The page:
The exhibition shows 18-year-old Mike Brown’s lifeless body and has been labelled ‘atrocious’ by activists
An art exhibit at Chicago’s Gallery Guichard has become the centre of attention – for all the wrong reasons. The exhibit features a life-size restaging of the 2014 Ferguson, Missouri, shooting of victim Mike Brown. The unarmed black teen was killed after an altercation with white police officer Darren Wilson.
New Orleans-based artist Ti-Rock Moore has recreated the scene for a new show called Confronting Truths: Wake Up! along with other paraphernalia remarking on racism, such as caricatures of Christ on the crucifix with a bag over his head bearing the message “I can’t breathe”. Moore also renders a Statue of Liberty in blackface, dangles a noose from a neon sign, and puts black faces behind cell bars made of money rolls.
The entire exhibit is said to be a comment on white privilege in America and its negative effect on the black community. The owners of the gallery have been shocked by the reaction. They have since received hate mail and death threats; activists have labelled the artwork as being “atrocious”.
“I think it’s disturbing, disgusting … that picture is still in my head” – Michael Brown Sr
Moore alleges she received permission from Brown’s family to portray his lifeless body as art, stating in an interview, “I was concerned about the family’s reaction to the work at first, but I knew I needed to ask their permission out of respect for their son. Not only did they give me their blessing, but they felt it would preserve the memory of their son and keep the movement going.”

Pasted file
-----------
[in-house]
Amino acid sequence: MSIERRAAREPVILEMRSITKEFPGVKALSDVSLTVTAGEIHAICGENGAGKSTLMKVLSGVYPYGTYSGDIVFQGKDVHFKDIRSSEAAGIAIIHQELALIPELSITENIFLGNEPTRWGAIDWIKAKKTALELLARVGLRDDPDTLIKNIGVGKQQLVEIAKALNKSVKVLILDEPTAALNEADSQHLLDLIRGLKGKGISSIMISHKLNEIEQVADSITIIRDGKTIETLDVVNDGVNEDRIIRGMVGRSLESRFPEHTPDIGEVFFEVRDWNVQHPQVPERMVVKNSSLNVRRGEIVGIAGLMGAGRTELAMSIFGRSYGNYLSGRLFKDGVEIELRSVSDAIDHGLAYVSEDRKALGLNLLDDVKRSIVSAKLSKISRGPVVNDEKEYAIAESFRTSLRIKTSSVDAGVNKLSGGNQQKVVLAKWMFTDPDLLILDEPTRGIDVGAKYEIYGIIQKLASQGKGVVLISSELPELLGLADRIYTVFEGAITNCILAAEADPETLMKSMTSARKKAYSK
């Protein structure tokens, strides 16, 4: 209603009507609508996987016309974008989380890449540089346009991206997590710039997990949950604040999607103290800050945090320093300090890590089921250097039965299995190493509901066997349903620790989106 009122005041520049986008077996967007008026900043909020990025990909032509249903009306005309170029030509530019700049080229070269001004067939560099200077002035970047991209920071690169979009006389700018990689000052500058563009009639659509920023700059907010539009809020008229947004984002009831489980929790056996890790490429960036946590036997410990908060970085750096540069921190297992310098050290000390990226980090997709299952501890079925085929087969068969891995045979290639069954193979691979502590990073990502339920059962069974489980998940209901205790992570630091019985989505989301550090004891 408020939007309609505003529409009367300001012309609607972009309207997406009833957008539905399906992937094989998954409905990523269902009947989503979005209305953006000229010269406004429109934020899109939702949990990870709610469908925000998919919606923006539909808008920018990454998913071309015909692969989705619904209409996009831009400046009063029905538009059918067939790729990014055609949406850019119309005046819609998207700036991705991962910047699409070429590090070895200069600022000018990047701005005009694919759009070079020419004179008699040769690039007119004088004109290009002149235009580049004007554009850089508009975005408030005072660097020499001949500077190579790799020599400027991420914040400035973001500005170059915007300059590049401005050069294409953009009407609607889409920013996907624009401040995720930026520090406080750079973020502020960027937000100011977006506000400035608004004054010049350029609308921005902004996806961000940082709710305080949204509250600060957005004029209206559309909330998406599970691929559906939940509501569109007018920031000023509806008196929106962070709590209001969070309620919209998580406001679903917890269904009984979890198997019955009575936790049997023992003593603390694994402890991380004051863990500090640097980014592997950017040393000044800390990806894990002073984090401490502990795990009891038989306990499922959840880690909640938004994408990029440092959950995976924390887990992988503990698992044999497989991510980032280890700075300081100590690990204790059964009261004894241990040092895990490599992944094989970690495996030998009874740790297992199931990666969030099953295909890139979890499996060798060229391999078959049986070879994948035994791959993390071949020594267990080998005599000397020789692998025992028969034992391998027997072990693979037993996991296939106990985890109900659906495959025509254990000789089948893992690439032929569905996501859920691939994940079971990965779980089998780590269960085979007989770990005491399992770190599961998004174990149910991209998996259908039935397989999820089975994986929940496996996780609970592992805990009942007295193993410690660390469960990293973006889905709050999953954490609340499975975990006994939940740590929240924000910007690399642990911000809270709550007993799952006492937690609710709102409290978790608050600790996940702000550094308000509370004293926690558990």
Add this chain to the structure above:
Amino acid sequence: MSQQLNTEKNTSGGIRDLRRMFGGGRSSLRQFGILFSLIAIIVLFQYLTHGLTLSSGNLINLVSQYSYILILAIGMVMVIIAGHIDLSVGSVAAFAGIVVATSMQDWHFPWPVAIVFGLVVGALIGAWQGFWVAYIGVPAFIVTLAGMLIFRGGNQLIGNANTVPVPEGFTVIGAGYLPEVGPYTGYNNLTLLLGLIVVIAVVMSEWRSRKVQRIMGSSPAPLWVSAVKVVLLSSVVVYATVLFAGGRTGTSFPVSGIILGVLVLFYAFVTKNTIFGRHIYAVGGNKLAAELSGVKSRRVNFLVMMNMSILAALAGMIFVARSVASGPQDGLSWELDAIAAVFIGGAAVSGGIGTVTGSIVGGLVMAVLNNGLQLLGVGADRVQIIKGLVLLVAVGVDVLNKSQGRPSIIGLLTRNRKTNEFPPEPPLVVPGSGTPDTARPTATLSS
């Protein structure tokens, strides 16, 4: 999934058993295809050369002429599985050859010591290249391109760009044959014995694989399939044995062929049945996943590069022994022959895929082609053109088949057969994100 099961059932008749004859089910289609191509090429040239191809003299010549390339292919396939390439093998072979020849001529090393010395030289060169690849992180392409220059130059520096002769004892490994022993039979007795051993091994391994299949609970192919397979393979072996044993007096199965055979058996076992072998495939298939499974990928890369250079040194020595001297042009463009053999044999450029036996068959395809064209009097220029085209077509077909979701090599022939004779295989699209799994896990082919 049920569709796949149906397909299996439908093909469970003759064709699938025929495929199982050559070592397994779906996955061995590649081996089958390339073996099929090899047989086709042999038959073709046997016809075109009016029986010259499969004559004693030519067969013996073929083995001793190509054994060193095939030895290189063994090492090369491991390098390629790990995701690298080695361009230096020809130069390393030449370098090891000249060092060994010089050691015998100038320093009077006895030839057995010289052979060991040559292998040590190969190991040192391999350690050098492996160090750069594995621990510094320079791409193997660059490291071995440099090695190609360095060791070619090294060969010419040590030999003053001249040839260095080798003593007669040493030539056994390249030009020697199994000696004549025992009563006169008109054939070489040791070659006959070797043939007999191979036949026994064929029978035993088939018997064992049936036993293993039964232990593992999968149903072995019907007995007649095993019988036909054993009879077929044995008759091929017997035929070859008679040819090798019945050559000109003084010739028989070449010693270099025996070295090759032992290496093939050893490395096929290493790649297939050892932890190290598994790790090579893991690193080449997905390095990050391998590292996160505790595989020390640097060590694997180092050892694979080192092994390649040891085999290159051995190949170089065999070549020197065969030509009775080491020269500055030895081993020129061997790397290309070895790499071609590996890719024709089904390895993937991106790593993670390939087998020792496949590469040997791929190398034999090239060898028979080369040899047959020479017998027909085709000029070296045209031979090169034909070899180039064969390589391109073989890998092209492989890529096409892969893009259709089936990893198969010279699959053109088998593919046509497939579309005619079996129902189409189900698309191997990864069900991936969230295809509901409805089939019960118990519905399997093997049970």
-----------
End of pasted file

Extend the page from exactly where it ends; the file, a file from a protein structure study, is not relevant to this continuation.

However, Brown’s father, Michael Brown Sr, is none too happy with the result. “I really, really would like for them to take that away,” Brown Senior told a local television station. “I think it’s disturbing, disgusting…that picture is still in my head.”
Brown’s mother, Lesley McSpadden, has reacted in kind to the work, even attending the opening of the exhibit. In an interview with the Guardian, gallery owner Andre Guichard said, “I think what makes this exhibition really unique is that it’s really bold and blunt, and it’s right in your face. But when you really think about racism, racism can be bold and blunt and right in your face, too.”
The artwork is not for sale and a donation will be made to Brown’s mother’s charity.